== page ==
Trump noted on Thursday that researchers were looking at the effects of disinfectants on the virus and wondered aloud if they could be injected into people, saying the virus “does a tremendous number on the lungs, so it would be interesting to check that” – although he said Friday he was just being “sarcastic”.

That prompted a strong warning from the maker of disinfectants Lysol and Dettol, which said it was issuing a statement to combat “recent speculation.”

“As a global leader in health and hygiene products, we must be clear that under no circumstance should our disinfectant products be administered into the human body (through injection, ingestion or any other route),” said the statement from Reckitt Benckiser.

President Donald Trump speaks about the coronavirus.
media_cameraPresident Donald Trump speaks about the coronavirus.

William Bryan of the Department of Homeland Security said at a White House briefing Thursday that there are “emerging results” from new research that suggest solar light has a powerful effect in killing the virus on surfaces and in the air.

He said scientists have seen a similar effect from higher temperatures and humidity.

A biocontainment lab in Maryland has been conducting testing on the virus since February, Bryan said.

“The virus is dying at a much more rapid pace just from exposure to higher temperatures and just from exposure to humidity,” Bryan said.

In March, Dr. Michael Ryan, the World Health Organisation’s emergencies chief. said, “We have to assume that the virus will continue to have the capacity to spread, and it’s a false hope to say yes, it will just disappear in the summertime like influenza.”

Trump’s baffling virus suggestion

US President Donald Trump has suggested injecting people with bleach or alcohol to fight coronavirus.


Finance Minister Mathias Cormann has ruled out any tax increases in response to the coronavirus-induced economic storm.

The government is considering wide-ranging reform in the October federal budget, which shapes as a crucial juncture in the national recovery.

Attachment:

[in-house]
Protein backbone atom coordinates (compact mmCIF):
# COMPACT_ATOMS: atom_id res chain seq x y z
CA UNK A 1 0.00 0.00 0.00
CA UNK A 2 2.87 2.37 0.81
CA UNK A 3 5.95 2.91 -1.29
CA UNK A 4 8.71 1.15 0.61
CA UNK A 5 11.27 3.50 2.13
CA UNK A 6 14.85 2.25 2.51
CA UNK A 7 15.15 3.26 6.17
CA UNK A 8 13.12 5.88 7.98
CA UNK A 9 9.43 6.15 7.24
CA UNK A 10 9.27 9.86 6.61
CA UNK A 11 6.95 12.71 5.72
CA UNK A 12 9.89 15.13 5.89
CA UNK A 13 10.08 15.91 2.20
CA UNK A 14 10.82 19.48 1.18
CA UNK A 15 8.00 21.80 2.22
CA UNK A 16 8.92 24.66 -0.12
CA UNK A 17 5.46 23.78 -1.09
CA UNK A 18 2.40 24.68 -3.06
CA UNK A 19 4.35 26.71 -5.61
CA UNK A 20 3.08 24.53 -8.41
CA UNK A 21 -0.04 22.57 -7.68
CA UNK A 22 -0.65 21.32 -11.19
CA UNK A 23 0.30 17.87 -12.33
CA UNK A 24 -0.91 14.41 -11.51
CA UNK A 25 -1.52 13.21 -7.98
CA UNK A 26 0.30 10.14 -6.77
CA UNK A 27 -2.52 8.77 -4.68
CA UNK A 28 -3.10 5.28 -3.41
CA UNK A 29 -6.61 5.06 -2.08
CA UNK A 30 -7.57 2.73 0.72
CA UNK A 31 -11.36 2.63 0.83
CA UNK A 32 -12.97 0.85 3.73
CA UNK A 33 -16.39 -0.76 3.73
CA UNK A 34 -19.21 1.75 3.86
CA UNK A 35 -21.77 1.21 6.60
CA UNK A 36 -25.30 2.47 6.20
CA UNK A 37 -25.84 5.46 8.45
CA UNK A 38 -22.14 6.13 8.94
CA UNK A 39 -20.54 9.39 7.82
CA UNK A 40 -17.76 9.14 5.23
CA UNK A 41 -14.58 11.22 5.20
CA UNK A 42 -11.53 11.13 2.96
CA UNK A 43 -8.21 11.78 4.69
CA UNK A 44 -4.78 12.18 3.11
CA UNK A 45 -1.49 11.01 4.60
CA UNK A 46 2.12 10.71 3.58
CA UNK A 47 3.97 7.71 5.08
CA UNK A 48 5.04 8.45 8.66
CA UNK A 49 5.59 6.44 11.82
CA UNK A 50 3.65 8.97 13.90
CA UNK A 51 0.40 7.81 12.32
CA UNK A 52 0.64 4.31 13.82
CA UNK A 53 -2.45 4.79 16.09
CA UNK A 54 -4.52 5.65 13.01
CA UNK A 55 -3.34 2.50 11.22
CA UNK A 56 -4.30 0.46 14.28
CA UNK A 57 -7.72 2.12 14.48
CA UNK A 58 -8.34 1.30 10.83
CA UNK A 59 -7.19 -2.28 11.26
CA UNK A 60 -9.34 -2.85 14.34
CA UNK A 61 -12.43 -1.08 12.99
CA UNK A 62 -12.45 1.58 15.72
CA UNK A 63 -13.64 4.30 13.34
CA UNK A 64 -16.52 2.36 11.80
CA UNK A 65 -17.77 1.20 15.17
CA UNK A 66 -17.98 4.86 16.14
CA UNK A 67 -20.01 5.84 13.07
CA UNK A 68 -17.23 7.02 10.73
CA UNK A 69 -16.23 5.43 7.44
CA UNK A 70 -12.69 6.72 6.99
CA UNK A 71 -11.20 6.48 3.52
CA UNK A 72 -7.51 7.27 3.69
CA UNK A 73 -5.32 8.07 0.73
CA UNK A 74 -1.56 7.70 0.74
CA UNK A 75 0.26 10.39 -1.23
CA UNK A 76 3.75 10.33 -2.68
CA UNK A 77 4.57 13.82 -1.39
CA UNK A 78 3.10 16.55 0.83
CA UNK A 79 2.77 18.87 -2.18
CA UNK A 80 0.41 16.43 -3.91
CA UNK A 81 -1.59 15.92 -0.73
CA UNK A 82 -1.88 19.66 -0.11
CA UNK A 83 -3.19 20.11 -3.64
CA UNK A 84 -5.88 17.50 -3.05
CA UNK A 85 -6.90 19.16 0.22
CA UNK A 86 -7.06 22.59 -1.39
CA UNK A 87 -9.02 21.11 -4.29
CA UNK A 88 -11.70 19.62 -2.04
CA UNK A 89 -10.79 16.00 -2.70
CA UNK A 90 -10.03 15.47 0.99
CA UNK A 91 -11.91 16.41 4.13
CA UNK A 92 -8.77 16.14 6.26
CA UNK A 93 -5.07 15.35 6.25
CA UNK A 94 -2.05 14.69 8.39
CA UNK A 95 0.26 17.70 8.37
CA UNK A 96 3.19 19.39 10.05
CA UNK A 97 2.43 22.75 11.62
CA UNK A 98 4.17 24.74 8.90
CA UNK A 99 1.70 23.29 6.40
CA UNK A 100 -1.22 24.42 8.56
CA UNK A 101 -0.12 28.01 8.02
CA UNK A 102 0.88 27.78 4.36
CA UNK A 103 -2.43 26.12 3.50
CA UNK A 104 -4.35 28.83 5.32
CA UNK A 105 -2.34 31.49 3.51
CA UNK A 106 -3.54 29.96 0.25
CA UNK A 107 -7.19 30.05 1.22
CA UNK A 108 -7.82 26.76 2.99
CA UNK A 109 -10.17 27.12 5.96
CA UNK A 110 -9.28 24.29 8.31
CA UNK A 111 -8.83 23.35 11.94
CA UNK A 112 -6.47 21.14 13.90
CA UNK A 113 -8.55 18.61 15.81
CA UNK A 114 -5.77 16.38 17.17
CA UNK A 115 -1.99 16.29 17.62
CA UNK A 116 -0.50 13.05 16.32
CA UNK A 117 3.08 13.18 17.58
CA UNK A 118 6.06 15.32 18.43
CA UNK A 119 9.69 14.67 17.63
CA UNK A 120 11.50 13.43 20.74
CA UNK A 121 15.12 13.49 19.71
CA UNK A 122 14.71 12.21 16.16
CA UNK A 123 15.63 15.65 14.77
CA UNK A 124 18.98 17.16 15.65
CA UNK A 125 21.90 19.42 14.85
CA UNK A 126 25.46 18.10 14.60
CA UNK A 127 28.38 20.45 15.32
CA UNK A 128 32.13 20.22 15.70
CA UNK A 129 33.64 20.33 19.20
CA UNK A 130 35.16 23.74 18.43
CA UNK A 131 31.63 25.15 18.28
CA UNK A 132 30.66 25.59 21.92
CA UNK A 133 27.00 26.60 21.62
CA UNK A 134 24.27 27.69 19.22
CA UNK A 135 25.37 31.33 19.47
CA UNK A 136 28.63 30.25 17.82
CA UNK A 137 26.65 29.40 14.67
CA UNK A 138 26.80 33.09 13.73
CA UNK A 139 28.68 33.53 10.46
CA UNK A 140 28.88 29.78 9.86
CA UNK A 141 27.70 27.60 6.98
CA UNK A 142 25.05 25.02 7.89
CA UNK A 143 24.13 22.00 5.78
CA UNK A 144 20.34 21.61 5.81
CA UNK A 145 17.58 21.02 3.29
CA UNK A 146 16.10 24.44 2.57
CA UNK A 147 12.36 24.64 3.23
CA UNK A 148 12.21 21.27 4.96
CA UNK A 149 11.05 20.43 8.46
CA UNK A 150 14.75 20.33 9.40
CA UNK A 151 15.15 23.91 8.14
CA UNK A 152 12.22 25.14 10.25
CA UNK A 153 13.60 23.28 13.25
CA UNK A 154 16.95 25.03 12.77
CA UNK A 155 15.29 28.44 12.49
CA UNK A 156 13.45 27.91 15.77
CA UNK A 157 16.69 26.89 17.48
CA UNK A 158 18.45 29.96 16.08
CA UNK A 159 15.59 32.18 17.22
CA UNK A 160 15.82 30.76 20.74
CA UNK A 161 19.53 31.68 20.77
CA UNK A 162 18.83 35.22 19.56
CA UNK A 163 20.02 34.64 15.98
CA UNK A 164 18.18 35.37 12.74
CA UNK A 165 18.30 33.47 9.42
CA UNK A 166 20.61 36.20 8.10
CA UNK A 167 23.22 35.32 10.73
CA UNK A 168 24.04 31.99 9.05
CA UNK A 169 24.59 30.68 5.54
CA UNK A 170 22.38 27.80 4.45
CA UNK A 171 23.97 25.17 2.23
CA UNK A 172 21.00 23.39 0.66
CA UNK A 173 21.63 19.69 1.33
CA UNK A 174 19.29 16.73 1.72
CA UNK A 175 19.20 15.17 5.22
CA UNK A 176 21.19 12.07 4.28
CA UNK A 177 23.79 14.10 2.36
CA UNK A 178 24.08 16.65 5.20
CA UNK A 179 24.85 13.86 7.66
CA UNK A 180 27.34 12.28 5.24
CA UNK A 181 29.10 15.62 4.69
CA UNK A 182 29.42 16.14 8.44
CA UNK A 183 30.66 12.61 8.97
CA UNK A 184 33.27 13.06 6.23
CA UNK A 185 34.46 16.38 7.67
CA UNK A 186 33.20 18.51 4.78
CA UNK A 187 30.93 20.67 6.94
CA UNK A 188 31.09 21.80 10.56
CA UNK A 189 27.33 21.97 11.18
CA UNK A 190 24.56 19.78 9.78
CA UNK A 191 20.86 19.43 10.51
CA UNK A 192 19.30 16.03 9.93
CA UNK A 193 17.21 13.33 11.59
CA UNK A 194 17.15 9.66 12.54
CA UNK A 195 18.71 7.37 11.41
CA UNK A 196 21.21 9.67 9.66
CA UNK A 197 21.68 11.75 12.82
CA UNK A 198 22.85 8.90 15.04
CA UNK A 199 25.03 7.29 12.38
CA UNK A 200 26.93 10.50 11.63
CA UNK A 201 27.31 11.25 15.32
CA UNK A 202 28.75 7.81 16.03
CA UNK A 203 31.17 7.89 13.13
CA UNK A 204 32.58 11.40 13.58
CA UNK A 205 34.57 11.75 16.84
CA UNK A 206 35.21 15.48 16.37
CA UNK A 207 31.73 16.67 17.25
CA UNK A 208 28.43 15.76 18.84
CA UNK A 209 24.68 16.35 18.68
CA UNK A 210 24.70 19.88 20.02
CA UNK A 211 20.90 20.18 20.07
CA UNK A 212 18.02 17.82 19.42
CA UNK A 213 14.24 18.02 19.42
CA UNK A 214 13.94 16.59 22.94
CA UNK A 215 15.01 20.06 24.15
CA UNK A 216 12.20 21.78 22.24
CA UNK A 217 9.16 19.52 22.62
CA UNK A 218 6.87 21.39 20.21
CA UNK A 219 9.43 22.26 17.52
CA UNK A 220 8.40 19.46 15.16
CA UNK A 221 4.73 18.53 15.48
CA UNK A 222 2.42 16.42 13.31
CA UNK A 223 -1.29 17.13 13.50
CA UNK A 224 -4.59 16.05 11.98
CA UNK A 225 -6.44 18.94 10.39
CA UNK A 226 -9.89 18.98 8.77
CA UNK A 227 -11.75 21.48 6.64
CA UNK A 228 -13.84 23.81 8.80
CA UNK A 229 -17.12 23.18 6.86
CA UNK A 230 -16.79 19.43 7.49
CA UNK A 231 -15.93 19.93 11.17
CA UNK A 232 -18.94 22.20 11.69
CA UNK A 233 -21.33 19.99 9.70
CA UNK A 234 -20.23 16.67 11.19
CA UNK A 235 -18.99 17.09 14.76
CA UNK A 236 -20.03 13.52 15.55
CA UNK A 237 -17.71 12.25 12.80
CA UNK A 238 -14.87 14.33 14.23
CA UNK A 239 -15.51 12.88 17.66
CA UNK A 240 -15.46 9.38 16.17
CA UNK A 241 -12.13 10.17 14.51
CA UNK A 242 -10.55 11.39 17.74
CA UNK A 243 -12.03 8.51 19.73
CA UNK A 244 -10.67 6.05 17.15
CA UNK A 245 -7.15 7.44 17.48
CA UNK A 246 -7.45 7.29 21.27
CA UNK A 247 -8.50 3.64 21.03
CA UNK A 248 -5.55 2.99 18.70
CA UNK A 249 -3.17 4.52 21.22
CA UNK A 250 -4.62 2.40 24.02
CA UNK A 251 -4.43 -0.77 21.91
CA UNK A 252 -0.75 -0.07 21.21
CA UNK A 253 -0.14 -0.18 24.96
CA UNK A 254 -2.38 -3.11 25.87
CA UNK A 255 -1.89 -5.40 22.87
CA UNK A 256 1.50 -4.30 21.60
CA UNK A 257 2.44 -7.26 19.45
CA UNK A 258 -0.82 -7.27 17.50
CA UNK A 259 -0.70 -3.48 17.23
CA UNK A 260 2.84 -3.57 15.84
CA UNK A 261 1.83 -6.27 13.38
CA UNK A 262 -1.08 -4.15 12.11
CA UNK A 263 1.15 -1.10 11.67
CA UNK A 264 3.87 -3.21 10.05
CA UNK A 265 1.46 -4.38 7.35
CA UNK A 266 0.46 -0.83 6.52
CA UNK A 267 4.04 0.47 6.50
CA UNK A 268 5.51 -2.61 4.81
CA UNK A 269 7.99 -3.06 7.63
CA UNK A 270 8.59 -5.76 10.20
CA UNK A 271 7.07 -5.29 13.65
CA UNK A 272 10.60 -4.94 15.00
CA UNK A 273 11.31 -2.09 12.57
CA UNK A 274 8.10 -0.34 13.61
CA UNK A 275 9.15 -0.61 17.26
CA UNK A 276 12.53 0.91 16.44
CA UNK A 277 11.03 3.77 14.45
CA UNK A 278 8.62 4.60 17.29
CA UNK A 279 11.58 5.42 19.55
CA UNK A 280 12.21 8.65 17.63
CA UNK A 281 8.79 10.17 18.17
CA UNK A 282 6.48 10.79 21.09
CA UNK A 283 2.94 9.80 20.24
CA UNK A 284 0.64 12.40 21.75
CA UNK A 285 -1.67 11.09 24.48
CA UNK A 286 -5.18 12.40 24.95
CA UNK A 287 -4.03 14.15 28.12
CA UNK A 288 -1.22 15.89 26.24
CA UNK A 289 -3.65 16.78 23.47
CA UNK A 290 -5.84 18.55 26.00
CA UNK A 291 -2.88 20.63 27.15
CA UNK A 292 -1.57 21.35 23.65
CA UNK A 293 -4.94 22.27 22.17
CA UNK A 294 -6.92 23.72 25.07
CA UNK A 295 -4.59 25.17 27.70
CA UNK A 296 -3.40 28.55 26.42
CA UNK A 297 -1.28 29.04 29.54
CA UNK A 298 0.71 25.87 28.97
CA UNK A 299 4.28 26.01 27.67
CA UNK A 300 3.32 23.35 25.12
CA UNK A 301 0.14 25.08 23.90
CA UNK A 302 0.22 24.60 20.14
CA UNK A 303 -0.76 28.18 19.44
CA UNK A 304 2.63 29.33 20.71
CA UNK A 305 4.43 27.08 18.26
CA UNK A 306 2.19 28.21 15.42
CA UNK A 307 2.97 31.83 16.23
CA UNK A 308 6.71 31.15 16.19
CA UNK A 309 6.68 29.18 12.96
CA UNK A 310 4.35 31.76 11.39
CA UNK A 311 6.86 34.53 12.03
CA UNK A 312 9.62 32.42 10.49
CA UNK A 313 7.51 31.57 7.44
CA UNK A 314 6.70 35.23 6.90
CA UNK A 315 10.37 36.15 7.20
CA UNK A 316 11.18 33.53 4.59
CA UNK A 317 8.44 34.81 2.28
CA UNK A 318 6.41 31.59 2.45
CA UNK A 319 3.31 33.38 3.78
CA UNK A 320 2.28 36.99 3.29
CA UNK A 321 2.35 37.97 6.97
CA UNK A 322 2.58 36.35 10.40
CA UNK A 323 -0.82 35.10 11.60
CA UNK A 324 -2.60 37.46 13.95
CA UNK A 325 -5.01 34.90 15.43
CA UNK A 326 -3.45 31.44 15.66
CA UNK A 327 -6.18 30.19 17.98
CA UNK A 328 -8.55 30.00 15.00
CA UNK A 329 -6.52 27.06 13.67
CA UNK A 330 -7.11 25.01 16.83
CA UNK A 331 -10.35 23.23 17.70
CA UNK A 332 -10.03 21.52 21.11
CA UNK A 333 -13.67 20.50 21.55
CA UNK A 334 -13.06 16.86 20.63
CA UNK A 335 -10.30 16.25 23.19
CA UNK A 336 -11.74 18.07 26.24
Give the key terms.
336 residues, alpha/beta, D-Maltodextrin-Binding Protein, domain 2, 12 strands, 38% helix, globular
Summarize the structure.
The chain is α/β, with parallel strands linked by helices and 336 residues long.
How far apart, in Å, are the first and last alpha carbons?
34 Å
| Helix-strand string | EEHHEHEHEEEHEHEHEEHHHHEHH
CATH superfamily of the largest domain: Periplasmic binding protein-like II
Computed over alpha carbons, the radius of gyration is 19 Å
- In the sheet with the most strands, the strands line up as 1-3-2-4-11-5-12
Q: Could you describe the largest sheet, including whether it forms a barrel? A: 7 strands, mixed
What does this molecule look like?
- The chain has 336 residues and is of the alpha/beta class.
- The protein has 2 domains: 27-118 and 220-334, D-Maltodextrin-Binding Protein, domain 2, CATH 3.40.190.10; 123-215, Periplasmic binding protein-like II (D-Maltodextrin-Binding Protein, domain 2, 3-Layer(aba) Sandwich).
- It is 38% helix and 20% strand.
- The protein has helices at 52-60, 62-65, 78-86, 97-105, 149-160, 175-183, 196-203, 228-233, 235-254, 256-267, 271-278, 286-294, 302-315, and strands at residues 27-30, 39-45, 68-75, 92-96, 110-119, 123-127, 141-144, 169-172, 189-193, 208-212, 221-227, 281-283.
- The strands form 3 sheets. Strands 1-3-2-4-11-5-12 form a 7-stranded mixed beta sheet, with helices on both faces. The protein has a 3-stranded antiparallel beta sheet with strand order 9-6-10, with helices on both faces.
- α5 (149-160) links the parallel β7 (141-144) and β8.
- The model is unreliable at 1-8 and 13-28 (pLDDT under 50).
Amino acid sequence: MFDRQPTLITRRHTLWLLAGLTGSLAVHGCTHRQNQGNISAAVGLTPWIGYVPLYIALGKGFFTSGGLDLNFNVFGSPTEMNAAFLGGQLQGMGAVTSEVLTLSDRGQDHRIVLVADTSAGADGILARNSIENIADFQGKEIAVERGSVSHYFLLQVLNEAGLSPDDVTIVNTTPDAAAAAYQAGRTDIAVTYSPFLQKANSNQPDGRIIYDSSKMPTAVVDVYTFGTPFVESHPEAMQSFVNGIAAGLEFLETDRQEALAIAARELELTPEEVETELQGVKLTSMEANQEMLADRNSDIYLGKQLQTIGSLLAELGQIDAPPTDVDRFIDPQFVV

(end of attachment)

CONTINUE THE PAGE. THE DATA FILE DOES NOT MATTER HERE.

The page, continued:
“Tax increases are off the table because you don’t want to make it harder for businesses to be successful,” Senator Cormann told Sky News on Friday.

It comes as leaders will examine Australia’s very low rate of coronavirus transmissions amid further discussions about the plan for lifting social restrictions.

After the first week of a four-week holding pattern, Prime Minister Scott Morrison says things are looking good.

Minister for Finance Mathias Cormann. Picture: AAP
<br />
media_cameraMinister for Finance Mathias Cormann. Picture: AAP

“We are on the road back – and that is demonstrated by the measures that we already have taken – and we are on the way back to a COVID-safe economy as well,” he told reporters on Thursday.

National cabinet will consider the latest Australian modelling when it meets today.

While the data pool is still small given Australia’s success in containing the virus, deputy chief medical officer Nick Coatsworth said experts were able to draw sound scientific conclusions from it.

The transmission rate is one of the main pillars governments and their health advisers are looking at as they seek to map out the way forward. The other crucial steps are ensuring hospital capacity and medical supplies, and boosting tracing and testing regimes.

The number of people allowed to be at events is likely to be considered in the first round of easing restrictions.

Police officers patrol along the Hertford Union Canal in east London. Picture: AFP
media_cameraPolice officers patrol along the Hertford Union Canal in east London. Picture: AFP
People go for a walk in Victoria Park in east London during the national lockdown due to the novel coronavirus COVID-19 pandemic. Picture: AFP
media_cameraPeople go for a walk in Victoria Park in east London during the national lockdown due to the novel coronavirus COVID-19 pandemic. Picture: AFP


Africa’s coronavirus cases have surged 43 per cent in the past week but its countries are dangerously behind in the global race for scarce medical equipment.

Ten nations have no ventilators at all.

Outbid by richer countries, and not receiving medical gear from top aid donor the United States, African officials scramble for solutions as virus cases climb past 27,000.

Even in the best scenario, the United Nations says 74 million test kits and 30,000 ventilators will be needed by the continent’s 1.3 billion people this year. Very few are in hand.

“We are competing with the developed world,” said John Nkengasong, director of the Africa Centers for Disease Control and Prevention.

A bed is seen at the COVID-19 coronavirus treatment facilities at the NASREC Expo Centre in Johannesburg, South Africa. Africa is desperately behind in the global race for coronavirus equipment. Picture: AFP
media_cameraA bed is seen at the COVID-19 coronavirus treatment facilities at the NASREC Expo Centre in Johannesburg, South Africa. Africa is desperately behind in the global race for coronavirus equipment. Picture: AFP

“The very future of the continent will depend on how this matter is handled.”

Politicians instinctively try to protect their own people and “we know that sometimes the worst in human behavior comes out,” said Simon Missiri, Africa director with the International Federation of Red Cross and Red Crescent Societies, urging an equitable approach to help developing nations.

The crisis has jolted African nations into creating a pooled purchasing platform under the African Union to improve negotiating power.